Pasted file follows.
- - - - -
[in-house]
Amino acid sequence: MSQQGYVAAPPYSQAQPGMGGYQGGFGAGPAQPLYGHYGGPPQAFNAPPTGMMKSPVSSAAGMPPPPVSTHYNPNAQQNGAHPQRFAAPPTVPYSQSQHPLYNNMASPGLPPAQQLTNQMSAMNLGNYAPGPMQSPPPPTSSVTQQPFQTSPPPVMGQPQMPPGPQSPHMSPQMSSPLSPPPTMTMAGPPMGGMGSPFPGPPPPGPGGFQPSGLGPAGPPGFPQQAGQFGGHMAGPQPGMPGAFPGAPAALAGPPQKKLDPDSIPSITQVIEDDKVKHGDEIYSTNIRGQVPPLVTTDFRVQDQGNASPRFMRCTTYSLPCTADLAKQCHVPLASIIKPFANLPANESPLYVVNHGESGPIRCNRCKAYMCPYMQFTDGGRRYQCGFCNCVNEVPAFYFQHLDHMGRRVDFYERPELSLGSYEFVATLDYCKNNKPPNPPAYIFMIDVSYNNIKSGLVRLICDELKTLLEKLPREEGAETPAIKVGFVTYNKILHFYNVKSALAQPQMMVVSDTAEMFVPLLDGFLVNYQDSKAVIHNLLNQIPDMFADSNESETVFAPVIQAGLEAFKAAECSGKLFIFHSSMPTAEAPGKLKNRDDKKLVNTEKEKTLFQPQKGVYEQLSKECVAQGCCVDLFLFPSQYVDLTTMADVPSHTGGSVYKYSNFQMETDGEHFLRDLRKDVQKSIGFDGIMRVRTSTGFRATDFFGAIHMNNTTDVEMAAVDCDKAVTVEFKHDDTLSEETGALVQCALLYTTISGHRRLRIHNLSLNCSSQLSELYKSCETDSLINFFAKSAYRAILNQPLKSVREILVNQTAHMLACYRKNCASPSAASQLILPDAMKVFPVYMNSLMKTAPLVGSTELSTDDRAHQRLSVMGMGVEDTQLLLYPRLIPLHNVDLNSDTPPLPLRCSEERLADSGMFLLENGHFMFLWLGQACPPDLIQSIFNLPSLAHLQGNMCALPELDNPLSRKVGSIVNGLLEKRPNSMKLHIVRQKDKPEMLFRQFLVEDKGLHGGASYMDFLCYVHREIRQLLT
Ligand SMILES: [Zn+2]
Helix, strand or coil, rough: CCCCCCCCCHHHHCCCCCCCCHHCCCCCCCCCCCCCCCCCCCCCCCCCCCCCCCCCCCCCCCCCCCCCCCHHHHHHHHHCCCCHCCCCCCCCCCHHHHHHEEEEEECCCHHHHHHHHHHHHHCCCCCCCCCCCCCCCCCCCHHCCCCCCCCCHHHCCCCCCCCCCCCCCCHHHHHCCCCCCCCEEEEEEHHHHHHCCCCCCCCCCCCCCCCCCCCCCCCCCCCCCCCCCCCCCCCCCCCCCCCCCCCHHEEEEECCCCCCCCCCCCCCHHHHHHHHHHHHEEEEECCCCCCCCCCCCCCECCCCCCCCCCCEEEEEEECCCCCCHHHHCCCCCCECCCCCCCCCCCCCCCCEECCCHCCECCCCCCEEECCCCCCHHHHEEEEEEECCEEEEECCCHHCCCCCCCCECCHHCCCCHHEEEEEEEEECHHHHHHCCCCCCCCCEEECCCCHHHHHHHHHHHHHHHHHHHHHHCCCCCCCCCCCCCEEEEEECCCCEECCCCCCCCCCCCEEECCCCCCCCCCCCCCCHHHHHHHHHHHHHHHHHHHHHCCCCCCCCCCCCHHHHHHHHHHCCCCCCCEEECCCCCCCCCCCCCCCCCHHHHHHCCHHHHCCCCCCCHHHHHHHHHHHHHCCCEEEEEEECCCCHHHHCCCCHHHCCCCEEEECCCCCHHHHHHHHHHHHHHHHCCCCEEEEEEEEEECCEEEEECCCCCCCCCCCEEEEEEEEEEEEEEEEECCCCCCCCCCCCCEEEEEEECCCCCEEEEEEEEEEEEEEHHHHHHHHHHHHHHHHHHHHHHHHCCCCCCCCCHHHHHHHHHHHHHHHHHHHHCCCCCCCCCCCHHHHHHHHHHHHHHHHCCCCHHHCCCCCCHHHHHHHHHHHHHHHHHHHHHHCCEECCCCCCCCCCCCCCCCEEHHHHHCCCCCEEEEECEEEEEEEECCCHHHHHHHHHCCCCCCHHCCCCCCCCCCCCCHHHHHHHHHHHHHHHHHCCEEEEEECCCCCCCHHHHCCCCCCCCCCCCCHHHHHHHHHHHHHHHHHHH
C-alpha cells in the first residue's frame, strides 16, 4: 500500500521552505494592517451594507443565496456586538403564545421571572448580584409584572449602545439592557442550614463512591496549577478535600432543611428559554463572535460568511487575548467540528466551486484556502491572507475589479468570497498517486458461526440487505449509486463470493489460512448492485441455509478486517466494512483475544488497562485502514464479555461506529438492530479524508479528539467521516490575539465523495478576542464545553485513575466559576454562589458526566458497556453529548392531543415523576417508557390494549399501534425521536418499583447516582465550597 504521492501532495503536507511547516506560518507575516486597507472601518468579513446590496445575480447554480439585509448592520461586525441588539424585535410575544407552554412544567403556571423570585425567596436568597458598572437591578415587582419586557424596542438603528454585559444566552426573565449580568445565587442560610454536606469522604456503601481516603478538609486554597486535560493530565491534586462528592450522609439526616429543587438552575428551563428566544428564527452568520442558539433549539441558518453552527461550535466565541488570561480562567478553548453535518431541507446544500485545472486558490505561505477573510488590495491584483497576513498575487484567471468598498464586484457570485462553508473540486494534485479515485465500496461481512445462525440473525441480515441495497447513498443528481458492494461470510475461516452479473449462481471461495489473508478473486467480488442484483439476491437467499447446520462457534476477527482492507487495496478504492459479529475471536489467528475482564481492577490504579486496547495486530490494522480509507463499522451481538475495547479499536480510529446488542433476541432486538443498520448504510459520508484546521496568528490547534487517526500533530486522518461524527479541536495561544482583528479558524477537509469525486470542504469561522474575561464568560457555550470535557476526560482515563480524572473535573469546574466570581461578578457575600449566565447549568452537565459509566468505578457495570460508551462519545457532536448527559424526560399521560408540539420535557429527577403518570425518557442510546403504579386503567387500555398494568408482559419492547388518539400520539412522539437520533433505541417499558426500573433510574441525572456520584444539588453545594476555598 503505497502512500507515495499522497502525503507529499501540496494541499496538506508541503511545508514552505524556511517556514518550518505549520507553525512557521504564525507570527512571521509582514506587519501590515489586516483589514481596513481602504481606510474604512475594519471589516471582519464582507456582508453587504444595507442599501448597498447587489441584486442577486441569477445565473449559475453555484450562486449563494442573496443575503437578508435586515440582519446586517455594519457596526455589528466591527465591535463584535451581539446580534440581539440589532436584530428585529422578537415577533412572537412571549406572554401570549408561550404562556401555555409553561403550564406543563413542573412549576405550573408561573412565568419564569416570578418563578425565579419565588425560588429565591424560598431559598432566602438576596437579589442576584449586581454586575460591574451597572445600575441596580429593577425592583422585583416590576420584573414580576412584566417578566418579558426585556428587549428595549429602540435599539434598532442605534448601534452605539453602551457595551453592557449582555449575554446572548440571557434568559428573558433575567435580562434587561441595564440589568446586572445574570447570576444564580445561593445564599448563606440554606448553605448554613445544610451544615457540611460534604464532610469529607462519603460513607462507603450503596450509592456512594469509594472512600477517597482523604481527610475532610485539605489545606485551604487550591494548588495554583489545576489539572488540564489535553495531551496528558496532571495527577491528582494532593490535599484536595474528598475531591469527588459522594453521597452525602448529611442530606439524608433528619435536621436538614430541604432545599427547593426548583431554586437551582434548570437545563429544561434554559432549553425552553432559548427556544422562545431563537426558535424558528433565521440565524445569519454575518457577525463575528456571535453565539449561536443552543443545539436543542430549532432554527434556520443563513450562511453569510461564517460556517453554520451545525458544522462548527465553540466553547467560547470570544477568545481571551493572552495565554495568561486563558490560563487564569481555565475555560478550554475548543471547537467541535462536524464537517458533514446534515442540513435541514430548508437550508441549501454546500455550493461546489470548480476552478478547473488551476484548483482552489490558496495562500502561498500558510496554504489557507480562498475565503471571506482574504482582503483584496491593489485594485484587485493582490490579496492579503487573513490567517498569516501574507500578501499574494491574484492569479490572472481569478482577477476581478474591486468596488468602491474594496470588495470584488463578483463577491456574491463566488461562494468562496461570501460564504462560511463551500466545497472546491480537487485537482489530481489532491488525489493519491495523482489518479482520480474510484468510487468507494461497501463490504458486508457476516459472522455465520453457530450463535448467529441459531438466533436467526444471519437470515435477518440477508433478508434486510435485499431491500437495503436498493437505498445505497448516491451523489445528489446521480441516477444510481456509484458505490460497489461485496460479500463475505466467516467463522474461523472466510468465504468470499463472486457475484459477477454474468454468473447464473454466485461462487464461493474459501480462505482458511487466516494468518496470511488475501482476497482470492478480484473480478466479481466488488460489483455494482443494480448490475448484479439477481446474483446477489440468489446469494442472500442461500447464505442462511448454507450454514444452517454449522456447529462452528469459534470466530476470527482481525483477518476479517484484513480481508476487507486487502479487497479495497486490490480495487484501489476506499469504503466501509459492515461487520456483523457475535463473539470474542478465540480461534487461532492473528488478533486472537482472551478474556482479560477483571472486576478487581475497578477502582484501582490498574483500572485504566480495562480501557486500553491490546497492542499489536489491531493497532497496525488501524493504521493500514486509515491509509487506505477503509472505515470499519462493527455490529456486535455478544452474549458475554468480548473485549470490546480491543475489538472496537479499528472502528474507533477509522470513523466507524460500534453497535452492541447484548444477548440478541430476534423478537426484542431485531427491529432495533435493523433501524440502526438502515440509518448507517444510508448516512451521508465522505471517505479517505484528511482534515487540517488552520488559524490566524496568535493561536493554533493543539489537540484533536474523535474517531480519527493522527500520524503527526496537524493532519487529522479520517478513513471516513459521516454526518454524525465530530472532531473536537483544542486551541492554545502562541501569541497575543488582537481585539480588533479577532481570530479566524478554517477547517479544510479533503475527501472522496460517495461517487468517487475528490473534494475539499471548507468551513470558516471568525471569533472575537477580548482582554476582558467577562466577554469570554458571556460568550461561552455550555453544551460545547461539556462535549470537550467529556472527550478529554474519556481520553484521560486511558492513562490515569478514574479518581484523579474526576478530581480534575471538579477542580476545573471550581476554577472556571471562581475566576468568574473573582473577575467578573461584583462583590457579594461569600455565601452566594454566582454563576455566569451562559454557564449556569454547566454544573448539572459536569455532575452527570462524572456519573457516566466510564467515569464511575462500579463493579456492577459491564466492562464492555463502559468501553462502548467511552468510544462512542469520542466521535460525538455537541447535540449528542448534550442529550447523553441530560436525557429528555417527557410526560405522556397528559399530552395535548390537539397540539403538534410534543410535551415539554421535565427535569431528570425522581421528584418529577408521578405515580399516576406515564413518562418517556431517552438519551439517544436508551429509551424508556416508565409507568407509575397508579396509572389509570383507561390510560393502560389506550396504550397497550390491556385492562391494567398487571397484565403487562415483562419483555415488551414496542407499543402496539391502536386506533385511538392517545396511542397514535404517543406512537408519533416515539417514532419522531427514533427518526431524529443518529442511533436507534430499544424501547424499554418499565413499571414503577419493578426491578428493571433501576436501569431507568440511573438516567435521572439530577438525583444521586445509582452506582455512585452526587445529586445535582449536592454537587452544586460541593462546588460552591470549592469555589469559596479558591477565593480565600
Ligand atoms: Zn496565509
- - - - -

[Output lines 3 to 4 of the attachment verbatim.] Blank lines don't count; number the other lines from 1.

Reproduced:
Ligand SMILES: [Zn+2]
Helix, strand or coil, rough: CCCCCCCCCHHHHCCCCCCCCHHCCCCCCCCCCCCCCCCCCCCCCCCCCCCCCCCCCCCCCCCCCCCCCCHHHHHHHHHCCCCHCCCCCCCCCCHHHHHHEEEEEECCCHHHHHHHHHHHHHCCCCCCCCCCCCCCCCCCCHHCCCCCCCCCHHHCCCCCCCCCCCCCCCHHHHHCCCCCCCCEEEEEEHHHHHHCCCCCCCCCCCCCCCCCCCCCCCCCCCCCCCCCCCCCCCCCCCCCCCCCCCCHHEEEEECCCCCCCCCCCCCCHHHHHHHHHHHHEEEEECCCCCCCCCCCCCCECCCCCCCCCCCEEEEEEECCCCCCHHHHCCCCCCECCCCCCCCCCCCCCCCEECCCHCCECCCCCCEEECCCCCCHHHHEEEEEEECCEEEEECCCHHCCCCCCCCECCHHCCCCHHEEEEEEEEECHHHHHHCCCCCCCCCEEECCCCHHHHHHHHHHHHHHHHHHHHHHCCCCCCCCCCCCCEEEEEECCCCEECCCCCCCCCCCCEEECCCCCCCCCCCCCCCHHHHHHHHHHHHHHHHHHHHHCCCCCCCCCCCCHHHHHHHHHHCCCCCCCEEECCCCCCCCCCCCCCCCCHHHHHHCCHHHHCCCCCCCHHHHHHHHHHHHHCCCEEEEEEECCCCHHHHCCCCHHHCCCCEEEECCCCCHHHHHHHHHHHHHHHHCCCCEEEEEEEEEECCEEEEECCCCCCCCCCCEEEEEEEEEEEEEEEEECCCCCCCCCCCCCEEEEEEECCCCCEEEEEEEEEEEEEEHHHHHHHHHHHHHHHHHHHHHHHHCCCCCCCCCHHHHHHHHHHHHHHHHHHHHCCCCCCCCCCCHHHHHHHHHHHHHHHHCCCCHHHCCCCCCHHHHHHHHHHHHHHHHHHHHHHCCEECCCCCCCCCCCCCCCCEEHHHHHCCCCCEEEEECEEEEEEEECCCHHHHHHHHHCCCCCCHHCCCCCCCCCCCCCHHHHHHHHHHHHHHHHHCCEEEEEECCCCCCCHHHHCCCCCCCCCCCCCHHHHHHHHHHHHHHHHHHH